"Two roads diverged in a yellow wood, and I--I took the one less traveled by. And that has made all the difference."

Bond and Free

Love has earth to which she clings

With hills and circling arms about--

Wall within wall to shut fear out.

But Thought has no need of such things,

For Thought has a pair of dauntless wings


On snow and sand and turf, I see

Where Love has left a printed trace

With straining in the world's embrace.

And such is Love and glad to be.

But Thought has shaken his ankles free.


Thought cleaves the interstellar gloom

And sits in Sirius' disc all night,

Till day makes him retrace his flight,

With smell of burning on every plume

Back past the sun to an earthly room.


His gains in heaven are what they are.

Yet some say Love by being thrall

And simply staying possesses all

In several beauty that Thought fares far

To find fused in another star.

Bond and Free cont.

  • Context: Published in 1916, during WWI
  • Reflects the increasing support of love over thought throughout time, this idea started in the mid 1800s but continued until the present day
  • Durning the war era especially, the ideas of love and peace needed to be understood so poets could use some heir work as a way to convince their readers of its importance
  • Structured style, sticks to rhyme theme, 7-9 syllables per line
  • Narrative, descriptive: uses imagery to paint a picture of how Thought realizes his bondage
  • Possible theme: "The heart, even when in bondage, is more powerful than the mind."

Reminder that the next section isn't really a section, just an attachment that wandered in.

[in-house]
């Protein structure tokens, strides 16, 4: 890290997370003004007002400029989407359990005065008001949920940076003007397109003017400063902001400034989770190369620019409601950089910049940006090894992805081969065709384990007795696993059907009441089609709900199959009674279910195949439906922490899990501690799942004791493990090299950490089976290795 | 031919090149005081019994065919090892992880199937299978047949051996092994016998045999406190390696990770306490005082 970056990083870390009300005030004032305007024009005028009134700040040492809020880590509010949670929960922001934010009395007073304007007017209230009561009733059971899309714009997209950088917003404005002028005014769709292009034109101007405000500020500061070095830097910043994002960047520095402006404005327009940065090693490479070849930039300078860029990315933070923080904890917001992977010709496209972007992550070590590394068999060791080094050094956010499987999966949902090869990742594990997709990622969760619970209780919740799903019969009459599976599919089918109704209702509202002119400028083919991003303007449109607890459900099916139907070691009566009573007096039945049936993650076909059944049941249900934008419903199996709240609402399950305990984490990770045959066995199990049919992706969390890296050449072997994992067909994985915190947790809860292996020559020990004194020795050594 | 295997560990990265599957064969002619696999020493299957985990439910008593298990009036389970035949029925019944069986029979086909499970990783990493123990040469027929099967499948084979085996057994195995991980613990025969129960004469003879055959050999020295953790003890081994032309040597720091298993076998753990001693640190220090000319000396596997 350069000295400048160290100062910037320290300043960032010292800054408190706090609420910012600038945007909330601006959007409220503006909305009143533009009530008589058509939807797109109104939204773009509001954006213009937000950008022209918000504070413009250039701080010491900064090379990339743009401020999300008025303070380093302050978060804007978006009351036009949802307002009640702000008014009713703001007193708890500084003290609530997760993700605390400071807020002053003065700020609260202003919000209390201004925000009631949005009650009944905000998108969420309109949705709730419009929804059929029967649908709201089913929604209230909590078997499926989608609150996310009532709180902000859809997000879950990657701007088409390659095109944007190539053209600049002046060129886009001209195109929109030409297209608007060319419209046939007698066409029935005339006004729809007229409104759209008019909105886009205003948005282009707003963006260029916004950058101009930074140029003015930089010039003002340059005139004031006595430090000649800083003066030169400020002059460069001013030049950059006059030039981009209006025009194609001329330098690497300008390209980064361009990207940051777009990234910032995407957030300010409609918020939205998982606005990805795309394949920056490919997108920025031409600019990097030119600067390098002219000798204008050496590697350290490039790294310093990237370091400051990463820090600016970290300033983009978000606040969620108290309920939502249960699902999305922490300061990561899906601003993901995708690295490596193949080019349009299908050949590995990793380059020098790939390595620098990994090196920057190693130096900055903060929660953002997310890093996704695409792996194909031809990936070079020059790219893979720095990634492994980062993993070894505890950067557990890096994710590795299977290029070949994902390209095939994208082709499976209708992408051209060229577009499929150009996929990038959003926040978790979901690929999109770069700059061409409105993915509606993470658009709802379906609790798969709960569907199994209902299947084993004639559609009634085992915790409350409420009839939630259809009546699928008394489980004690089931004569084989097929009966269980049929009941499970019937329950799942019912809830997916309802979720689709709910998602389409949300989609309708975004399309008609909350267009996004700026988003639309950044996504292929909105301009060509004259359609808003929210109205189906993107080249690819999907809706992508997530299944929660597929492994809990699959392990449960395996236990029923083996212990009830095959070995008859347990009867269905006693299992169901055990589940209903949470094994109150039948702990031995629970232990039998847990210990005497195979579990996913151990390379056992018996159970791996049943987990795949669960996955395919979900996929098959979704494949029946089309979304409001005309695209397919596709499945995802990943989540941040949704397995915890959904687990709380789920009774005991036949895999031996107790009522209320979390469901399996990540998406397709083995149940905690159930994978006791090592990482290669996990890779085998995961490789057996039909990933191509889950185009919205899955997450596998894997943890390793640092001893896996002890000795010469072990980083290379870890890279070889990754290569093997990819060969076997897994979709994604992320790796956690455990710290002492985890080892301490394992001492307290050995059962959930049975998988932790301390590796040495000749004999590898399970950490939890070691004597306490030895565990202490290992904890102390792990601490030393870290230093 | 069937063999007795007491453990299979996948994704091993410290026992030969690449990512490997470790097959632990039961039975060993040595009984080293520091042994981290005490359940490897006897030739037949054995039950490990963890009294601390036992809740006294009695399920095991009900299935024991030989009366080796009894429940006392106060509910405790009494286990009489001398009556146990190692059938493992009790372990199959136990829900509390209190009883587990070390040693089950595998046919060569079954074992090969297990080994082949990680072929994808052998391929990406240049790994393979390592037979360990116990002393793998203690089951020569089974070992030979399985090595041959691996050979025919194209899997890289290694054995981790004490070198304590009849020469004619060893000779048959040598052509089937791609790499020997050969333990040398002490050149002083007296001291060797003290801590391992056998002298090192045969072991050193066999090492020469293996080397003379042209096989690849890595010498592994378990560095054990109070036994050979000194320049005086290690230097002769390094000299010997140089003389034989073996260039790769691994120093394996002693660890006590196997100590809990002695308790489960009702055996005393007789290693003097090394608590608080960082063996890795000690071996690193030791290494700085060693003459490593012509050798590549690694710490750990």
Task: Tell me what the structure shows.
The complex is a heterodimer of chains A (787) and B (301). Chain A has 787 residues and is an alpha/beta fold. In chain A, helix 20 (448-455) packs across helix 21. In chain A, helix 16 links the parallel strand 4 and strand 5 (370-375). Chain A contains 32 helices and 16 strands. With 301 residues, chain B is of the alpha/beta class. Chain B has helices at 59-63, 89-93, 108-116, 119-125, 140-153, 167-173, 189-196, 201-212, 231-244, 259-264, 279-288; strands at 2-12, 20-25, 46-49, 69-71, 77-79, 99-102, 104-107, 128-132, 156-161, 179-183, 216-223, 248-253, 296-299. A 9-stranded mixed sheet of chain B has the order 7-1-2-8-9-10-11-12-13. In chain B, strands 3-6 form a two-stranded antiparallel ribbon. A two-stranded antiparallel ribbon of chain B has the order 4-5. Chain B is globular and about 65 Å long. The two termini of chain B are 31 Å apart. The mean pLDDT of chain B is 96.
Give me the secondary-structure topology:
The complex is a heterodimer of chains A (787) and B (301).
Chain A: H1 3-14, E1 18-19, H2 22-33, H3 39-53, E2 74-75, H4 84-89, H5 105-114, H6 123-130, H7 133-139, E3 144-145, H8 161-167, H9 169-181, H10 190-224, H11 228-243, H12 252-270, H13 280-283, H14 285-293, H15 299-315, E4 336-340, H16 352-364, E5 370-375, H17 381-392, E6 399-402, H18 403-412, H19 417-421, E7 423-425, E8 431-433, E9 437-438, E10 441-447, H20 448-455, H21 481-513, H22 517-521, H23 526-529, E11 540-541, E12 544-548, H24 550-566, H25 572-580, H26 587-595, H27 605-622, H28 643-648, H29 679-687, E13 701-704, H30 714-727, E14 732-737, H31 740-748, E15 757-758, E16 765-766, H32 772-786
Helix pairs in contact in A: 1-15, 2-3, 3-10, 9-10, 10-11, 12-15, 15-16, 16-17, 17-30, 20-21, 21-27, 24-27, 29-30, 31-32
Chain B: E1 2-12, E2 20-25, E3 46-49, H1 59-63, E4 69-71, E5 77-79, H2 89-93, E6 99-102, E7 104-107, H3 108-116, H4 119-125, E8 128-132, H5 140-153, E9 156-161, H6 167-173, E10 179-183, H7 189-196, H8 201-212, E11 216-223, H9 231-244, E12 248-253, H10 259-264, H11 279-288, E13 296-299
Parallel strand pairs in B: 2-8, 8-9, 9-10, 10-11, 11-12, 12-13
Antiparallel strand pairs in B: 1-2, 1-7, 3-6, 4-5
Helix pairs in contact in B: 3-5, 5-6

"Love conquers all."
  • Poem makes the greatest use of Personification, primarily Love and Thought
  • Also, the shift between stanzas 2 and 3 plays a large role in the message of the poem.
  • During the Age of Reason, the poem most likely would have been neglected as the piece points out the flaws in the freedom and benefit of intelligence.
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Robert Frost vs. Edgar Allen Point

  • Similar: Structured style,

-no free verse poems,

-poetry tells a story, narration

-very descriptive


  • Differences- Po: eerie poems, usually involve some form of murder

-more straightforward in narration

-powerful voice, often seems as if he is yelling at his readers

-portrays emotion in punctuation

-Poems focus mainly on thoughts and dreams and the mind


  • Differences- Frost: mix of lighthearted poems and more sorrowful themes

-often makes great use of metaphors and figurative language

-bases most of his poems off of personal experience

Works Cited

"Edward Thomas." Poets.org. Academy of American Poets, n.d. Web. 22 Jan. 2015.

“Robert Frost.” Bio. A&E Television Networks, 2014. Web. 05 Dec. 2015.

Frost, Robert. Mountain Interval. New York: Holt, Rinehart and Winston, 1967. Print.

"Robert Frost." Poets.org. Academy of American Poets, n.d. Web. 3 Feb. 2015.

"Robert Frost Picture." Wikipedia. Wikimedia Foundation, n.d. Web. 16 Mar. 2015.

"Robert Frost Picture." frostpoetry.blogspot.com N.p., n.d. Web. 3 Feb. 2015.

"Robert Frost Family." Poem Shape. N.p., n.d. Web. 3 Feb. 2015.

"Lawrence History Timeline." Lawrence History Timeline. N.p., n.d. Web. 1 Mar. 2015.

"Robert Frost." Poetry Foundation. Poetry Foundation, n.d. Web. 1 Mar. 2015.

"The Rise of Realism." Boundless. N.p., n.d. Web. 1 Mar. 2015.

Shmoop Editorial Team. "The Gilded Age Summary & Analysis."Shmoop.com. Shmoop University, Inc., 11 Nov. 2008. Web. 1 Mar. 2015.

Logan, William. "Early Frost." The New York Times. The New York Times, 21 June 2014. Web. 18 Mar. 2015.